New optical materials for additive manufacturing of complex micro-optics


This project aims to develop new materials and processes for 3D printing optics using femtosecond two-photon polymerization that will significantly advance the state of the art and enable completely novel designs.

The aim of the project is on the one hand to modify the existing dielectric writing material (photoresist) in order to achieve higher refractive indices n and modified dispersion curves n(λ) and thus to be able to realize microoptical achromats. On the other hand, it will be possible to add metallic surfaces to the completely transparent printed parts, which will enable completely new micro-optics with reflective and absorptive functionalities on the present size scale (sub-mm). Within the project, it is planned to demonstrate the complete process chain from the new material to the new optics design to the finished optical prototype. To this end, the 4th Physical Institute (4PI) and the Institute of Applied Optics (ITO) at the University of Stuttgart have joined forces in an interdisciplinary alliance between physicists and engineers. While the physicists focus on material and process development for additive manufacturing, the ITO takes care of the design of the printed objects (optical lenses, micro-objectives, optical elements) and the improvement of the printing process, especially with regard to writing trajectories.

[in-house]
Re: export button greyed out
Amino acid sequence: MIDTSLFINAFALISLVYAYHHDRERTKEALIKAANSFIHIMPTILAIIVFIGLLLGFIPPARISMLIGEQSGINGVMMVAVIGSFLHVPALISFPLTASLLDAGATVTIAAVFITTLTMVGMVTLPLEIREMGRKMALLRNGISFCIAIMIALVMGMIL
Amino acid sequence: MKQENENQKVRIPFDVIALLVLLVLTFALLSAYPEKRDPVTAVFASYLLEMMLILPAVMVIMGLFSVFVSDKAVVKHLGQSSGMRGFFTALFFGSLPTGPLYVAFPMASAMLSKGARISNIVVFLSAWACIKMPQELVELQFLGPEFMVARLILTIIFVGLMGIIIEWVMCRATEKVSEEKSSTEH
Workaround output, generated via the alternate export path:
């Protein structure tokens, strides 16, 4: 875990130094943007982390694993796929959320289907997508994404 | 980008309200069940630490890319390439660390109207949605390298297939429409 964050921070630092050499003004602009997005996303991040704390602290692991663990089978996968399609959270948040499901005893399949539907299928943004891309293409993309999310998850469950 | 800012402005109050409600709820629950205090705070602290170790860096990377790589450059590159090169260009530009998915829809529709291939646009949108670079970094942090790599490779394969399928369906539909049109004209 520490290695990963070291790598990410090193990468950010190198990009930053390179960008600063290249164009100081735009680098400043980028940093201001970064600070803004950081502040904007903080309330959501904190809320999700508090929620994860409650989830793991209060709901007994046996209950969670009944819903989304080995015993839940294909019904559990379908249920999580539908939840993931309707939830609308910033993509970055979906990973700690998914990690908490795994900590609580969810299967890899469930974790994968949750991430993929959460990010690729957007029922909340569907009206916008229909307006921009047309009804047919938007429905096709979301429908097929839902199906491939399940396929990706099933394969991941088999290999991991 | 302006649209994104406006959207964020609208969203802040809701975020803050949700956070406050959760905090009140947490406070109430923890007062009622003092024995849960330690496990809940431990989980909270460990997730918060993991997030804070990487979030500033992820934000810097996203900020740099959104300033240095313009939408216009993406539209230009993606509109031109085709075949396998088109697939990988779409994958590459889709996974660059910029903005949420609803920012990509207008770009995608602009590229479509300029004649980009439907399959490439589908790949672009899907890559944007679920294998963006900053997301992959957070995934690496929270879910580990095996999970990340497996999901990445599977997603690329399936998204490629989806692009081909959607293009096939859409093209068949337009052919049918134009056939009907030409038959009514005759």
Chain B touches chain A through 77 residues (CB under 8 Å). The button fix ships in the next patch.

Optical systems enabled by the new materials and processes at the smallest scale include:

  • Folded imaging systems that image purely based on reflection
  • Lens systems whose chromatic aberration has been eliminated by the use of new coatings and 3D printed achromatic micro-optics
  • Prisms with partially transparent surfaces that enable beam splitting

(funded by the Baden-Württemberg Foundation).


This image shows Alois Herkommer

Alois Herkommer

Prof. Dr.

Professor and Endowed chair "Optical design and Simulation"

This image shows Andrea Toulouse

Andrea Toulouse


Group leader 3D-printed Microoptics and Simulation

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